There are so many things that are different in the culture you learned about and now that you’re back you are questioning the differences, maybe even finding day to day life boring. Well something that stood out to me upon reading the rites of reincorporation chapter was the urge to not ‘close the chapter’ but instead use it as a platform for transformative possibilities. Slimbach relates this to Joseph Campbell’s protagonist in his 1968 novel, The Hero With a Thousand Faces, “[To] Come back from this mysterious adventure with the power to bestow boons on his fellow man” (Slimbach 203). My personal process of merging back with my American identity went relatively unperturbed, somehow. I still have an urge to go sit at the café and watch the people pass by for a couple hours, but that is replaced by the rediscovered ability to cook my own breakfast and watch my long-missed morning basketball highlights once again. Replacing my abroad habits with my old habits is doing a fair job of helping me forget about missing Sevilla. Nevertheless, I am not just forgoing all my cherished memories. I am beginning to put them to good work. Getting back to work since I returned, at CVS I’ve adapted my style slow down what I’m doing instead of working at a lightning pace; it’s something I observed in Spain. Now I’m not sure how much my boss likes this, but at least I feel less stress on myself!

I guess all said and done I’m aiming (note that I am still in the process of reincorporation, it’s only been 8 days since my return), for that elusive ‘integrative returnee’ style Slimbach refers to as a form of a reincorporating sojourner. It’s a style Slimbach describes as,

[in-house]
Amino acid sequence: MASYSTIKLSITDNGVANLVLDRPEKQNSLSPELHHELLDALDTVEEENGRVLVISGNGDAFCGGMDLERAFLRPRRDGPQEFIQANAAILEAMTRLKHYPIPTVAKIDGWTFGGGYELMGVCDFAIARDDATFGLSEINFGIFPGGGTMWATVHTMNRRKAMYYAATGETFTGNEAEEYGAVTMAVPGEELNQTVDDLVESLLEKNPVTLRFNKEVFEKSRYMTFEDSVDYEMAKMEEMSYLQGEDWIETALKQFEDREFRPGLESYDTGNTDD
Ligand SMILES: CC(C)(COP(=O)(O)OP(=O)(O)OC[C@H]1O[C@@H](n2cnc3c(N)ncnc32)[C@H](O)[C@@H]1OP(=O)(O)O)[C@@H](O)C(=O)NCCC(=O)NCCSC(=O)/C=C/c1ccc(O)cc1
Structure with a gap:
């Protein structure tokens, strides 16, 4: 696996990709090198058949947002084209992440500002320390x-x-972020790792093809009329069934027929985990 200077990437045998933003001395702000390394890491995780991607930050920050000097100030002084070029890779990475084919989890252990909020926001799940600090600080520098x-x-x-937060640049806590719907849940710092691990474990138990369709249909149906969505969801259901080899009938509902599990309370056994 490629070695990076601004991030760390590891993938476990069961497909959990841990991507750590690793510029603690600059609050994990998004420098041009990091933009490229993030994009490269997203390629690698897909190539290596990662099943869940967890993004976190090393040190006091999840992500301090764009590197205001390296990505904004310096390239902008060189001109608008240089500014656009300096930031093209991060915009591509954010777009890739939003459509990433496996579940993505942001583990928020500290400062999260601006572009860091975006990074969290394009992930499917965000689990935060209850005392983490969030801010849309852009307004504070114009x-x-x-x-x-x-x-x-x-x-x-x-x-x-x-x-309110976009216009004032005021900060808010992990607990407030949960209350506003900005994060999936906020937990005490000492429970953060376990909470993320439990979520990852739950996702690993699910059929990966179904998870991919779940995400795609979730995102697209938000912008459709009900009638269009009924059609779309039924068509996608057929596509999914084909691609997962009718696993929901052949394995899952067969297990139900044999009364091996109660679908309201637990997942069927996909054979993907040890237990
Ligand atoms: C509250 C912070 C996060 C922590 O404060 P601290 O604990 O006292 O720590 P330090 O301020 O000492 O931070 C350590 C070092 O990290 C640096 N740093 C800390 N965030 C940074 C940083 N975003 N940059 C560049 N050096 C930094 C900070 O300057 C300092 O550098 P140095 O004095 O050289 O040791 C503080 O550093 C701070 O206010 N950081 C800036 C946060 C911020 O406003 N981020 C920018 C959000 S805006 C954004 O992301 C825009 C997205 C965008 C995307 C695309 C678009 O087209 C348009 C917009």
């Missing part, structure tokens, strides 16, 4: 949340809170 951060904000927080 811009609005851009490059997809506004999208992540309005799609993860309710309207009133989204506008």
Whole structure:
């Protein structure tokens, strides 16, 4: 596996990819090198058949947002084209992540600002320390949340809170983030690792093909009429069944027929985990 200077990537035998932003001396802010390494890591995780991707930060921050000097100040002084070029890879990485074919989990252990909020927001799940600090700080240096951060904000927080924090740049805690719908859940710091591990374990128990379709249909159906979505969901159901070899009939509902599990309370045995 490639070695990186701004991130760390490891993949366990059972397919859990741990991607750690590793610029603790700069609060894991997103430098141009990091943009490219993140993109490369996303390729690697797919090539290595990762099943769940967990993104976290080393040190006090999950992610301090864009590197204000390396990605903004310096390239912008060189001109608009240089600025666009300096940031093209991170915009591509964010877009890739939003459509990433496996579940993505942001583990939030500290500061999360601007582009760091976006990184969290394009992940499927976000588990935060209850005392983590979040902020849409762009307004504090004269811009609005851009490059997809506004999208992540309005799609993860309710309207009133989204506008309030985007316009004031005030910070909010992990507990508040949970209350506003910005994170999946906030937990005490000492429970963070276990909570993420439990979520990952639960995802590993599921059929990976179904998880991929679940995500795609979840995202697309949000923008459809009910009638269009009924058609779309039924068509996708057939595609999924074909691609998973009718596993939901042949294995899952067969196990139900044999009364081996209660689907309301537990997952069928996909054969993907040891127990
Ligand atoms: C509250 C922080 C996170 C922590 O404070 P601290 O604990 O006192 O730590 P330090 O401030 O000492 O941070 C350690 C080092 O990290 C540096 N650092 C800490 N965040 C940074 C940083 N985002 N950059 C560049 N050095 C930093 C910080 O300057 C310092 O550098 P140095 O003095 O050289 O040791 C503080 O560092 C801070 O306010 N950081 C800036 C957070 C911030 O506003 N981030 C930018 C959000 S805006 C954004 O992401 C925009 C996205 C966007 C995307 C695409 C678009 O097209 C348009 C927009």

“[Having the] greatest potential for personal change […] [and] When asked the inevitable question, ‘How was your trip?’ their reply moves the conversation beyond a mere travelogue of what they saw and heard and felt. They also speak of new world understandings and self-discoveries- and how both are being synthesized into a revised identity and lifestyle” (Slimbach, 211).

So far, I can see all the gears turning inside my self as the two, new and old identities join together, but still, putting all that into words is something mighty tough. Either way I’m constantly questioning myself and how I could be approaching things as I learn to live at ‘home’ again. In my final analysis, I can say my final step is something I could pondering for long after my return. At the least for now I can say my journey as a sojourner in the culture of Spain sparked something in me that has caused me to have a whole new approach to life. I can’t quite explain this but I know I understand how life is lived over there and somehow, I am trying to apply that to living back in the states. Perhaps I have more journeys ahead of me before I come to see everything in completion… but for now I am content with being back home amongst my friends and family, enjoying the familiarity and old habits I love so much. All along underneath I can still feel my subconscious thinking in a Spanish logarithm it created months ago.

 

Slimbach, Richard. Becoming World Wise: A Guide to Global Learning (Stylus Publishing, LLC., 2010).

Travel Log 15: “There’s No Place Like Home? Rites of Reincorporation” by Katheryn DeMarey. Hampden, MA

The word ‘home’ once seemed like a safe haven, the spot where we grew up and our parents now reside…but the closer my return flight came, the more daunting the word ‘home’ seemed. Home is a funny term because we all created new ‘homes’ in all of our foreign study abroad countries. Do people have more than one home? Is home where you were born, where you grew up or where you feel the most comfortable? I don’t think ‘home’ is very applicable to where I am in life. The term home for me is technically Hampden, Massachusetts… but when I look further… my heart tells me that home is Firenze, Italy.